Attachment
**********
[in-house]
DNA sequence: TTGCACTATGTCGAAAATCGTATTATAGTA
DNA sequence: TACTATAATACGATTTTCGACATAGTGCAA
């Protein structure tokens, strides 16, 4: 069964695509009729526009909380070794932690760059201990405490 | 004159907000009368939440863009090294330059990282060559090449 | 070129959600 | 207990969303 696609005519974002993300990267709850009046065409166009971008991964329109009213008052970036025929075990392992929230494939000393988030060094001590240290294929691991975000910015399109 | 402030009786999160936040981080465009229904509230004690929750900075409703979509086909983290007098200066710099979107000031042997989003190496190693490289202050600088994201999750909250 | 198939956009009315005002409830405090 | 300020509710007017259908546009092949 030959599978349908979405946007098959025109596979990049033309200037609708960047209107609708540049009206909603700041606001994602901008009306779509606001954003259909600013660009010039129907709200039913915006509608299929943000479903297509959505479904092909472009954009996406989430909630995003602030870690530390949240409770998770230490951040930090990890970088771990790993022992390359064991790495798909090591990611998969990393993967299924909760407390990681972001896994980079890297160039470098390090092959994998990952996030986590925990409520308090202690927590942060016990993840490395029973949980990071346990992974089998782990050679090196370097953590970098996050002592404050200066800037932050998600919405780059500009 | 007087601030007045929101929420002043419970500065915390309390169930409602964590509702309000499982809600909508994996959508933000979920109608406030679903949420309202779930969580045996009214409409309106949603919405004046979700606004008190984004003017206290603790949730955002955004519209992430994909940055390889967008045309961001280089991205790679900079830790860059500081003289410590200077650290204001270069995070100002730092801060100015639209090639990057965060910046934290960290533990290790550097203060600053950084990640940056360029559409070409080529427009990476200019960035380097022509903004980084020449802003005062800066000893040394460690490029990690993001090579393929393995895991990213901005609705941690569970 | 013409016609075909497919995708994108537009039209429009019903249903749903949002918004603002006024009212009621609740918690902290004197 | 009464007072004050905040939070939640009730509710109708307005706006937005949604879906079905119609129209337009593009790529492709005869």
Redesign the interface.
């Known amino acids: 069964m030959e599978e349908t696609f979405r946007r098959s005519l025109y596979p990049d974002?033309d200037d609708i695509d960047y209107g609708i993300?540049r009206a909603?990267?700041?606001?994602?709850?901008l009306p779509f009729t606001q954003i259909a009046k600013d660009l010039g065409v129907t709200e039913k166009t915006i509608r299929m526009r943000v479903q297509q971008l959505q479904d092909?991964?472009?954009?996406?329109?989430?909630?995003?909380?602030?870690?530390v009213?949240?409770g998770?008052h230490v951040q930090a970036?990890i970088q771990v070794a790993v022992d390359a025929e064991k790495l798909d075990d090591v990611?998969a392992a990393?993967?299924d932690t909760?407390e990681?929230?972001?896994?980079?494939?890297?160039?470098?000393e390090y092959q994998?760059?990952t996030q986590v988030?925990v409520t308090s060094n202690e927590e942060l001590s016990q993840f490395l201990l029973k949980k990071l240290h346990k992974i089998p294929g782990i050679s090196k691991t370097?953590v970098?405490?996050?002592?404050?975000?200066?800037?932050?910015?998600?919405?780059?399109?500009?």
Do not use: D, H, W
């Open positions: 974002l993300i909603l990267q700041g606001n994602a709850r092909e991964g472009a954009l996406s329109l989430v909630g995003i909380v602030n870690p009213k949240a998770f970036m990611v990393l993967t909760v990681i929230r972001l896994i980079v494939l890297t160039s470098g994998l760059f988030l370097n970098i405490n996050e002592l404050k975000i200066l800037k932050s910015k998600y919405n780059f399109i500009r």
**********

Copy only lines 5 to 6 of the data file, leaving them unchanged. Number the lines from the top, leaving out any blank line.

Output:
Redesign the interface.
């Known amino acids: 069964m030959e599978e349908t696609f979405r946007r098959s005519l025109y596979p990049d974002?033309d200037d609708i695509d960047y209107g609708i993300?540049r009206a909603?990267?700041?606001?994602?709850?901008l009306p779509f009729t606001q954003i259909a009046k600013d660009l010039g065409v129907t709200e039913k166009t915006i509608r299929m526009r943000v479903q297509q971008l959505q479904d092909?991964?472009?954009?996406?329109?989430?909630?995003?909380?602030?870690?530390v009213?949240?409770g998770?008052h230490v951040q930090a970036?990890i970088q771990v070794a790993v022992d390359a025929e064991k790495l798909d075990d090591v990611?998969a392992a990393?993967?299924d932690t909760?407390e990681?929230?972001?896994?980079?494939?890297?160039?470098?000393e390090y092959q994998?760059?990952t996030q986590v988030?925990v409520t308090s060094n202690e927590e942060l001590s016990q993840f490395l201990l029973k949980k990071l240290h346990k992974i089998p294929g782990i050679s090196k691991t370097?953590v970098?405490?996050?002592?404050?975000?200066?800037?932050?910015?998600?919405?780059?399109?500009?």